To that end, listen, I am not a paid endorser, I can tell you that you may want to open yourself up to thinking about the experience of having self-reflection and being able to navigate differently with a lot of different tools, not just one, and that I think is how Anjli helps people to soar, because I do feel like I’m soaring so, y’all, you got to check out her website, you got to contact her.
That being said, I don’t know what else you want to add about it, I just wanted to make sure that in our time together that I share with people that you’re not just talking it, you actually are doing it, so there’s that.
Anjli Garg: Oh, thank you so much, Paula. it’s such a pleasure and honor to have been on that journey with you. What Paula is talking about is one of the tools in my toolbox, if you will, because I work very holistically with my clients, we are doing both the analytical, tactical, strategic thing that appeals to the mind and the way that we’re brought to be, like data driven, show me results the way I can understand them, then at a very mindset level, and then at an energetic level.
That energetic level is something beyond words. it is energy. What is it? We are all energy, science has proven that, you can read all sorts of articles about it if you’re still not convinced, what you’re experiencing about the lightness is that there is energy that sits within us that’s unresolved.
That energy that’s unresolved that sits within us creates stagnation and it creates dis-ease, and that dis-ease can be mental, it can be emotional, it can be physical, or it can be all of the above because it’s trapped energy that doesn’t need to be there, it’s no longer serving you.
It’s there in the form of traumatic experiences. By trauma, I’m talking about not just the capital T Trauma that people think of but I’m talking about anything that’s a felt experience that has impacted you emotionally in a very deep way. That trauma sits with us and that sense of unresolved issues, whatever they might be, and often, it happens in childhood and it just sits there and you can’t reason with it because it’s like a two-year-old child.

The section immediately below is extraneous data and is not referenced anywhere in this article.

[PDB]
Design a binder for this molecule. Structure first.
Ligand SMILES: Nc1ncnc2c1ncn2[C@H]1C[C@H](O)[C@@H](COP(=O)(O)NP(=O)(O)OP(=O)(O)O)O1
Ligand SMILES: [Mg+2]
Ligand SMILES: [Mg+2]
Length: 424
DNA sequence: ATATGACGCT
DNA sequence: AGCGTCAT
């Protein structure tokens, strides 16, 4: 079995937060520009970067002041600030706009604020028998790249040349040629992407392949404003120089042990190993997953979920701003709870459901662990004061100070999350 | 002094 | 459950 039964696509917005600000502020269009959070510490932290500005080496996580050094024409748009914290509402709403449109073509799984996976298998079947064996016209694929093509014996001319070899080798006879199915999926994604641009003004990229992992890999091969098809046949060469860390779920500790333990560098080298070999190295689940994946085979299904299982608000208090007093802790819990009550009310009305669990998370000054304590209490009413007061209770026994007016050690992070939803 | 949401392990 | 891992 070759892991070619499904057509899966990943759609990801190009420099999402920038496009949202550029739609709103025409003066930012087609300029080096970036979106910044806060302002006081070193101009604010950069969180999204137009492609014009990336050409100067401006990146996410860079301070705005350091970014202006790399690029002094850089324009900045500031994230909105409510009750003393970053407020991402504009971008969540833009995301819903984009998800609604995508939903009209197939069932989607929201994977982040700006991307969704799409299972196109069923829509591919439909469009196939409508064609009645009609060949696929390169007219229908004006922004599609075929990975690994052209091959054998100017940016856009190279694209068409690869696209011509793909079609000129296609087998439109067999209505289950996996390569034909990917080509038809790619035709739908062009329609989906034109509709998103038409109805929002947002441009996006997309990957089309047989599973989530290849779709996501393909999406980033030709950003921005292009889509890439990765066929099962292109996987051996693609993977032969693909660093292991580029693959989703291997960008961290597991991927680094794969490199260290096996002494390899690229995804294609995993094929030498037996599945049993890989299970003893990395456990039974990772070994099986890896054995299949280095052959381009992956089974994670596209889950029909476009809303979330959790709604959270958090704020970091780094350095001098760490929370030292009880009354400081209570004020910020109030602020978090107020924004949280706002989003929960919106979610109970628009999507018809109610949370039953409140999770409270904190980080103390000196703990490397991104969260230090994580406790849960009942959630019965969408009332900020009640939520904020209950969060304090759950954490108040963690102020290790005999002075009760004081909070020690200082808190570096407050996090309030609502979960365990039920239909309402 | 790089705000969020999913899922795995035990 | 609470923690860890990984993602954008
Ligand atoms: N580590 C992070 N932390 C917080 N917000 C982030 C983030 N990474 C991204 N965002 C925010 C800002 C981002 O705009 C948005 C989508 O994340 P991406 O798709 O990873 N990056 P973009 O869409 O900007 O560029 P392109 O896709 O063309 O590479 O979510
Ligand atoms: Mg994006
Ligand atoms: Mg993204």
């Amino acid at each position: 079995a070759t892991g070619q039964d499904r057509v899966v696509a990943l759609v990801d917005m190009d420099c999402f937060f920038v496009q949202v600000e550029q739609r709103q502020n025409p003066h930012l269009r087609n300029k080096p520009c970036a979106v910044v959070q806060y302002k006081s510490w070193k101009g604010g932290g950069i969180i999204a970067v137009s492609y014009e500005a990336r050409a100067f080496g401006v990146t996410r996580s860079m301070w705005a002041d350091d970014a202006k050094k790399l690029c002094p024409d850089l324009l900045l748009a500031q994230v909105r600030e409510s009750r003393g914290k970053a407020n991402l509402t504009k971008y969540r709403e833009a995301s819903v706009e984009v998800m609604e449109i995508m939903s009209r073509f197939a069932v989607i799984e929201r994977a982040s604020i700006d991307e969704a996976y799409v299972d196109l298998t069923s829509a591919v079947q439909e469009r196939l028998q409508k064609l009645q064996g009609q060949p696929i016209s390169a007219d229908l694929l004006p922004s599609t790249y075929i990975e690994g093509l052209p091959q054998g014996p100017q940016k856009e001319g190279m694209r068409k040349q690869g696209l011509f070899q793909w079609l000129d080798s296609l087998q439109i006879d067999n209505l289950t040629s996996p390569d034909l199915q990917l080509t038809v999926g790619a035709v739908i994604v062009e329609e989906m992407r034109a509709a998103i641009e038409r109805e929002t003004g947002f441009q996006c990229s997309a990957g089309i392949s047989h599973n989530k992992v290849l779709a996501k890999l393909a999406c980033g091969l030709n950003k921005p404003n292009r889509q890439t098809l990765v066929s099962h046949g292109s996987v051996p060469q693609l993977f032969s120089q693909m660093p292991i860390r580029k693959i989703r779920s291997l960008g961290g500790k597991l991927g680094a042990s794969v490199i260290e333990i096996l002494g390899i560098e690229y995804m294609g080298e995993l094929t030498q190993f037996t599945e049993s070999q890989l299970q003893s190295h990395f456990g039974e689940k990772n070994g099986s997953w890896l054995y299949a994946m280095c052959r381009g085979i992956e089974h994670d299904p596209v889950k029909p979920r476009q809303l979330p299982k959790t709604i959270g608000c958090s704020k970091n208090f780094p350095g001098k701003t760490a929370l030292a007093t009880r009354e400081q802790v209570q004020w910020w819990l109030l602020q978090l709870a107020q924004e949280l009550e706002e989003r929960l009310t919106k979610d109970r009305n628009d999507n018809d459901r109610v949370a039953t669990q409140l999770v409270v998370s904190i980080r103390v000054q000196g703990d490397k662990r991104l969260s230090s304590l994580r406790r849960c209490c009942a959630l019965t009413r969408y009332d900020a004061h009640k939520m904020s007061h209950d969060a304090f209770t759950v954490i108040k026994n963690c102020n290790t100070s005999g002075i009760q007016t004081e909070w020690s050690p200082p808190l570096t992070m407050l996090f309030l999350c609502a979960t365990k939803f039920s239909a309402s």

Try reasoning with a two-year-old, let’s see how far you get. That’s why like when we have all these blocks like, “Oh, I know I need to stop trying to be perfect but I can’t let go of it and I’ve tried to reason with myself what’s the worst that’ll happen but it’s still there,” or the shoulds in your life as you’re talking about like, “Yeah, I have to do this,” “I should do this,” or “I shouldn’t do that,” why? You can sit there and rationalize with yourself and then you come back to the same thing.
I should say no but I can’t say no. Why can’t I say no? What’s wrong with me that I can’t say no? Nothing is wrong with you. You have a pattern of belief and mechanisms you put in place to stay safe at a certain time in your life and that energy is still there until we can dissolve it, until you can feel safe to dissolve it. That’s the work we do that’s beyond words that is a supplement to the coaching. That is what you’re talking about.
Paula Edgar: I am sold and I love that this mantle, the word disease into dis and ease. Although I probably I’m sure at some point when I was little had to think about the two but it truly is not having ease and what that means. I just had a moment thinking about that when you have disease, it creates dis-ease.
Anjli Garg: That’s it, that’s it.
Paula Edgar: Wow. Y’all, I’m telling you, y’all know me and trust me because you’re listening to my podcast, you know this already, I don’t believe and I will never ever talk to you about something that I either have not experienced or don’t know somebody who’s experienced. I’m a referral-based, you got to hear it but I’m telling you, you can hear it, I feel lighter.